Anyone But You is a new romantic comedy film directed by Will Gluck and starring Sydney Sweeney and Glen Powell in the lead roles. Releasing in theaters on January 19th, 2024, the glossy and energetic film aims to revive the rom-com genre with a familiar formula led by its attractive young stars. While it doesn’t always succeed due to an uneven screenplay and lack of chemistry, Anyone But You manages to charm its way into being a fun popcorn flick thanks to the appeal of Sweeney and Powell.
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The premise of Anyone But You centers around Bea (Sydney Sweeney), a law student who has a regrettable one-night stand with cocky finance guy Ben (Glen Powell). They become sworn enemies but are forced to reunite months later when they discover their respective siblings are getting married. To keep the peace, they pretend to be a couple as they travel to Australia for the wedding celebrations, leading to inevitable romantic entanglements.
With its playful Shakespearean setup of bickering lovers, exotic wedding locale and good-looking leads, Anyone But You aims to hit all the satisfying beats of an old-school crowd-pleasing rom-com. While it doesn’t fully succeed in recapturing the magic of classics like Pretty Woman and My Best Friend’s Wedding, the film still offers an enjoyable experience for fans of the genre.
The Formulaic Screenplay
The biggest weakness of Anyone But You lies in its formulaic and uneven screenplay by Ilana Wolpert. The film checks all the generic boxes – meet-cute opening, contrived conflict, big declarations of love – without bringing anything fresh. The supposedly witty banter between Bea and Ben also falls flat.
Much of the narrative feels convoluted as Wolpert awkwardly shapes the story to fit Shakespearean quotes. The constant misunderstandings between the leads to create conflict feel forced. Overall, tighter writing with more memorable dialogue could have helped elevate this rom-com into a truly standout one.
However, there are some fun escapist moments like Bea and Ben’s pretend couple charade that lend the film breezy romantic charm. Wolpert also succeeds in creating empathetic protagonists with enough backstories to gain investment in their journey. Clichés aside, the story hits its familiar beats with just enough sweetness and humor.
Chemistry Between the Leads
Sydney Sweeney and Glen Powell are both gorgeous actors who seem primed to be big movie stars. However, they surprisingly lack palpable chemistry here which undermines the central romance. Their antagonistic banter falls short of being either funny or sexy. And when they eventually profess love, it doesn’t feel authentic.
Part of the problem lies in how they come across more as models than relatable lead characters. The film relies too much on their physical appeal without developing a real emotional connection between them.
But Sweeney and Powell still deserve praise for putting in charming performances. Sweeney nails the perfect balance of tough and vulnerable as the headstrong but insecure Bea. Meanwhile, Powell utilizes his easygoing charm and sharp comic timing to create a likable male lead in Ben. Both actors have bright futures as romantic comedy headliners with the right material.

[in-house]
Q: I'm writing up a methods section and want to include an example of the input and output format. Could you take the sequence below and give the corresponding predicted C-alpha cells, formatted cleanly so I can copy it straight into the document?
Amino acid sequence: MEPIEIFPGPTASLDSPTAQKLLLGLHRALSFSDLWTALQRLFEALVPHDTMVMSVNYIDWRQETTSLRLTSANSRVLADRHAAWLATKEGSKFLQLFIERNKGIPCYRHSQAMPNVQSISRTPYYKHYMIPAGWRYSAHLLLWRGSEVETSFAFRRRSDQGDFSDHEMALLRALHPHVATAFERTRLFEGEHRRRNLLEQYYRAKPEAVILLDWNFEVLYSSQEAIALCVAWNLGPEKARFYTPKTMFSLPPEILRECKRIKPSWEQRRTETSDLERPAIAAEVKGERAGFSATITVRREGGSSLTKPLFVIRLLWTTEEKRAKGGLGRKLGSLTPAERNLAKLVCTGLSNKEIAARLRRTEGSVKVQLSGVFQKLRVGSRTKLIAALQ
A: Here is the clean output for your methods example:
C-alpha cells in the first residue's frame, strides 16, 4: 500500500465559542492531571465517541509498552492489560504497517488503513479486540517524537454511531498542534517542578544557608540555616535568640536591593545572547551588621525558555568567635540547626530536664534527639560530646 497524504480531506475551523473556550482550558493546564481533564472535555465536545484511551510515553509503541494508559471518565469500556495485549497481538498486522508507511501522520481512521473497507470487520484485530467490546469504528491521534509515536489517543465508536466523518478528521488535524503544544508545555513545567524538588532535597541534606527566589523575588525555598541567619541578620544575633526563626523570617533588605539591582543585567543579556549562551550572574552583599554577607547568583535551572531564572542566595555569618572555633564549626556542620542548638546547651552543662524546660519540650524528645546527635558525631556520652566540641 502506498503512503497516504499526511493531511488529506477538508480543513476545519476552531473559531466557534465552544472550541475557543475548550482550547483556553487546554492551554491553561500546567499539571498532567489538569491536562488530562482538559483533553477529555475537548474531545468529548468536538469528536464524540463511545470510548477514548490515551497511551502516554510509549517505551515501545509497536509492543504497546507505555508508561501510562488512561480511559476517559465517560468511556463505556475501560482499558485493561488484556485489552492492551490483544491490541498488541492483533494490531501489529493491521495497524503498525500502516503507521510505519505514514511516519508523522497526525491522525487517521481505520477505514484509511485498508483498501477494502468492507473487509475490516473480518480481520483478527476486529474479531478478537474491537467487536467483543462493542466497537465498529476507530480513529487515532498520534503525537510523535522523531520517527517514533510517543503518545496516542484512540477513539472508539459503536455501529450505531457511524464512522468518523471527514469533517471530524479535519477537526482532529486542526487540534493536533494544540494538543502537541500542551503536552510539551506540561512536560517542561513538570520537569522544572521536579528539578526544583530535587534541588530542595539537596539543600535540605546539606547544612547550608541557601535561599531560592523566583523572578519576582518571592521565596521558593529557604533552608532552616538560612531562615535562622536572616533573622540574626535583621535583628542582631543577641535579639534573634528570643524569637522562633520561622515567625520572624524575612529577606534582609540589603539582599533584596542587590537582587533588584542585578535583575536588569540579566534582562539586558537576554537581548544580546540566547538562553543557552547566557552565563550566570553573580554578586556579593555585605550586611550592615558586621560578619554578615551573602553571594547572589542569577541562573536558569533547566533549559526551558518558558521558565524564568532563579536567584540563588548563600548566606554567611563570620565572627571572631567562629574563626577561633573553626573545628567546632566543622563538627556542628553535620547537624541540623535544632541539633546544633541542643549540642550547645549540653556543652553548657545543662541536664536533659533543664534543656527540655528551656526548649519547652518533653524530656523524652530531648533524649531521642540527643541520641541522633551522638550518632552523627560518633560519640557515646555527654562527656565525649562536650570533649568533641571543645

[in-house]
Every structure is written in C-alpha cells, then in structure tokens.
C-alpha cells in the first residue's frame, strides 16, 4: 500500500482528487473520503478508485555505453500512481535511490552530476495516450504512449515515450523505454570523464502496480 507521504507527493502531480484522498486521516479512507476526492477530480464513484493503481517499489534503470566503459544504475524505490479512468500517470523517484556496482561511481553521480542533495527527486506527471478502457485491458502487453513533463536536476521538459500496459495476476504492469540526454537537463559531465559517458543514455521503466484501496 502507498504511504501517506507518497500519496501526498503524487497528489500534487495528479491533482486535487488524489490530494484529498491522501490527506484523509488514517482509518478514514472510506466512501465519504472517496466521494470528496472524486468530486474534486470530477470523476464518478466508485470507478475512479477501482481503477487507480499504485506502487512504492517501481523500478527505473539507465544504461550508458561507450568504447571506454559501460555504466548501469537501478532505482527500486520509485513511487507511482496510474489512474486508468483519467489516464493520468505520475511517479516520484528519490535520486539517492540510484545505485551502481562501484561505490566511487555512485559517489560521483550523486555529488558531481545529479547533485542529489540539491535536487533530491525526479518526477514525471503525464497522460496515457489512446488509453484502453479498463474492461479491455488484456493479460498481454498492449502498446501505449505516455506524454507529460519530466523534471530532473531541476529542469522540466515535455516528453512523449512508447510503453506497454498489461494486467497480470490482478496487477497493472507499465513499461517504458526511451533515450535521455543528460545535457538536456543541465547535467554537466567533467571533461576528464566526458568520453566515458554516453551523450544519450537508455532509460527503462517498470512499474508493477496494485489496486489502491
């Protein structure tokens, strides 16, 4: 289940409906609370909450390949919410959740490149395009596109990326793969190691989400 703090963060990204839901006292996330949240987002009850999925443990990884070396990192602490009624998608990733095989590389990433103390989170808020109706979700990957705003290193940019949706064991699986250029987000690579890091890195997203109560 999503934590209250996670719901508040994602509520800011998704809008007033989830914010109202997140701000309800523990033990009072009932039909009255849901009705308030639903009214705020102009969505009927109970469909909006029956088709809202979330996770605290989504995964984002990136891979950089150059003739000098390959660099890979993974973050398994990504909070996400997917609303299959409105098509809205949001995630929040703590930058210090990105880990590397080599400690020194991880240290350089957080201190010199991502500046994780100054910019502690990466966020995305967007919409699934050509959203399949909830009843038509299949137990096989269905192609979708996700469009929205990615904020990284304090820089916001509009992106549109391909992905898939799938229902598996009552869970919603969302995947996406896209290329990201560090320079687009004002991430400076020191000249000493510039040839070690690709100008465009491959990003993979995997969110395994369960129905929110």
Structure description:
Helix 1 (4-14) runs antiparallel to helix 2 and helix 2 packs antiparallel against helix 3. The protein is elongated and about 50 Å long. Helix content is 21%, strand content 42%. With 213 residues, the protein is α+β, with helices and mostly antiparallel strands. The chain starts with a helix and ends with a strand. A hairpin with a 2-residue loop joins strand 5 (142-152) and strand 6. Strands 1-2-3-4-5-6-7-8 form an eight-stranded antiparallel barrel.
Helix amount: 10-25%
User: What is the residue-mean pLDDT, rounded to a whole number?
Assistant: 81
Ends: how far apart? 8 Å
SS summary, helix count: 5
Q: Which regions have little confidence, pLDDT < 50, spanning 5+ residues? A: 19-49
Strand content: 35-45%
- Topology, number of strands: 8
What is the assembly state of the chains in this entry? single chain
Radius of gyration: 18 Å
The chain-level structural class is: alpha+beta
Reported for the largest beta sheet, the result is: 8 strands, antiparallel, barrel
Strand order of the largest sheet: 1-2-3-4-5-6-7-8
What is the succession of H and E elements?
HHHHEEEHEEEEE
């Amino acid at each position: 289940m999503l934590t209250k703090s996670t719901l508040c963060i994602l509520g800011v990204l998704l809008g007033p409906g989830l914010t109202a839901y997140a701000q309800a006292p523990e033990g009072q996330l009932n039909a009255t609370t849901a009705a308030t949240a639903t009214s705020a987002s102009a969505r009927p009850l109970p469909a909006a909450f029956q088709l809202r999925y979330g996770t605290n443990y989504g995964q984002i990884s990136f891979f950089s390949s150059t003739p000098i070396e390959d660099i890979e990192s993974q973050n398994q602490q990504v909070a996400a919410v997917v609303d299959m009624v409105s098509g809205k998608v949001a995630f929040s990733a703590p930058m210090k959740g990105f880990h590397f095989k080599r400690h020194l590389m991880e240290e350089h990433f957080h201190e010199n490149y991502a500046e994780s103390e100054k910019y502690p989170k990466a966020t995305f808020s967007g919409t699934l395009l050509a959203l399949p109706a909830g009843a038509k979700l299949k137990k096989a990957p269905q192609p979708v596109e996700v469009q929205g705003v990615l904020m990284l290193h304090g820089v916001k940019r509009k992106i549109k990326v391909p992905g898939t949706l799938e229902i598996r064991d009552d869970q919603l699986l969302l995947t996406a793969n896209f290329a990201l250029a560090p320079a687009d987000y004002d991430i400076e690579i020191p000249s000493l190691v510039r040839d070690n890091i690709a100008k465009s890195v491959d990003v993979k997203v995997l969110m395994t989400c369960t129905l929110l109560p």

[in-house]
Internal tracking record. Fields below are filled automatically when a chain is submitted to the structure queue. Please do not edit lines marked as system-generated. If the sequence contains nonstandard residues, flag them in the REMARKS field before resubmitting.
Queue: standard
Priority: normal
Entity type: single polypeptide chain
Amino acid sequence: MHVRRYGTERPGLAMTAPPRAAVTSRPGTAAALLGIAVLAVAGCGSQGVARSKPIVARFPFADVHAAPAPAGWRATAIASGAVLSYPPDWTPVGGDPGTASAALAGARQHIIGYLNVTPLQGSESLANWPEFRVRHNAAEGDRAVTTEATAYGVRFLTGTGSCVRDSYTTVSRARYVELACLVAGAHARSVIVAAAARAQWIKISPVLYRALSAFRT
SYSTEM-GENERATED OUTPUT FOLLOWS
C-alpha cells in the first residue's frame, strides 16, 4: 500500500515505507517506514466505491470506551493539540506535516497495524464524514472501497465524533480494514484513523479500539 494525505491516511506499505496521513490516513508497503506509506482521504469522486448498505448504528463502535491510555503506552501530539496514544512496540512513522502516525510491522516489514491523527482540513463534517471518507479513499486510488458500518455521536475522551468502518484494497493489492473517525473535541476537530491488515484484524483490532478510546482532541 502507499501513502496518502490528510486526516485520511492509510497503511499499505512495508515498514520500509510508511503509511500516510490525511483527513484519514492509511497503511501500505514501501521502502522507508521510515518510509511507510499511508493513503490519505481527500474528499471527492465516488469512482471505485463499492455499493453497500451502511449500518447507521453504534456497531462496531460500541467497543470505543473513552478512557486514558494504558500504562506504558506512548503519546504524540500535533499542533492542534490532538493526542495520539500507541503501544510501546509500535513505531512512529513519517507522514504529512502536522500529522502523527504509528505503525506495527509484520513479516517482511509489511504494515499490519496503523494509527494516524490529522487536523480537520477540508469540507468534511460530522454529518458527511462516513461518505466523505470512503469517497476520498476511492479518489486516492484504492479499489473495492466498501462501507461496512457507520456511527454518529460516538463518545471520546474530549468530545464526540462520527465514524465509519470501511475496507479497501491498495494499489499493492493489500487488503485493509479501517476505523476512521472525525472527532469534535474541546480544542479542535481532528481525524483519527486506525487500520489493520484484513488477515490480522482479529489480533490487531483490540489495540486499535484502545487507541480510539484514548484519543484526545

Standout Supporting Cast
While Sweeney and Powell fail to sizzle, the supporting cast brings delightful flavor to the proceedings. Alexandra Shipp is vibrant and funny as Bea’s vivacious sister Lauren. Pop singer GaTa makes his promising acting debut as Ben’s flamboyant best friend JJ.
Veteran actress Michelle Hurd also gets to shine as Ben and Lauren’s society maven mother who constantly pokes fun at her son. Rachel Griffiths is hilariously high-strung as the wedding planner from hell. The ensemble provides enjoyable color around the edges of the central story.
Slick Direction & Production Values
Helmed by veteran director Will Gluck, Anyone But You benefits from slick and glossy visuals beginning from the gorgeous opening wedding sequence shot in Sydney. Gluck infuses the film with a high-energy pace befitting a frothy rom-com.
The top-notch production values are evident in the lavish costumes, sun-drenched cinematography and colorful production design. Pop singer Olivia Rodrigo contributes a catchy original song “For Now” played during the end credits. Visually and musically, all elements complement the breezy escapist tone.
An Enjoyable Escape
At its best, Anyone But You offers a fizzy rush of romantic excitement anchored by beautiful backdrops and pretty people. The story might be familiar but the film delivers exactly what it promises – gorgeous fantasy, light laughs and a happily ever after. Fans nostalgic for the Hollywood rom-coms of the 90s and early 2000s will find plenty to enjoy.
For those seeking something deeper, Anyone But You can come across as a formulaic and depthless exercise in wish fulfillment. But taken as a frivolous diversion meant purely to entertain, the movie succeeds on its own sparkly, sun-kissed terms.
Anyone But You follows genre conventions quite slavishly without bringing much novelty to the well-worn rom-com formula. From its artificial meet-cute to its grand declarations of love, everything feels like a glossy simulation of the great rom-coms of the past.
However, an effervescent charm still prevails thanks to the two incredibly photogenic leads and supporting turns. While Sweeney and Powell’s chemistry is lacking, their individual performances show tremendous promise. With tighter writing and a less formulaic blueprint, they have potential to headline a truly inspired revival of the romantic comedy. For now, Anyone But You offers a moderately enjoyable timepass for fans seeking pretty people and happily ever after endings.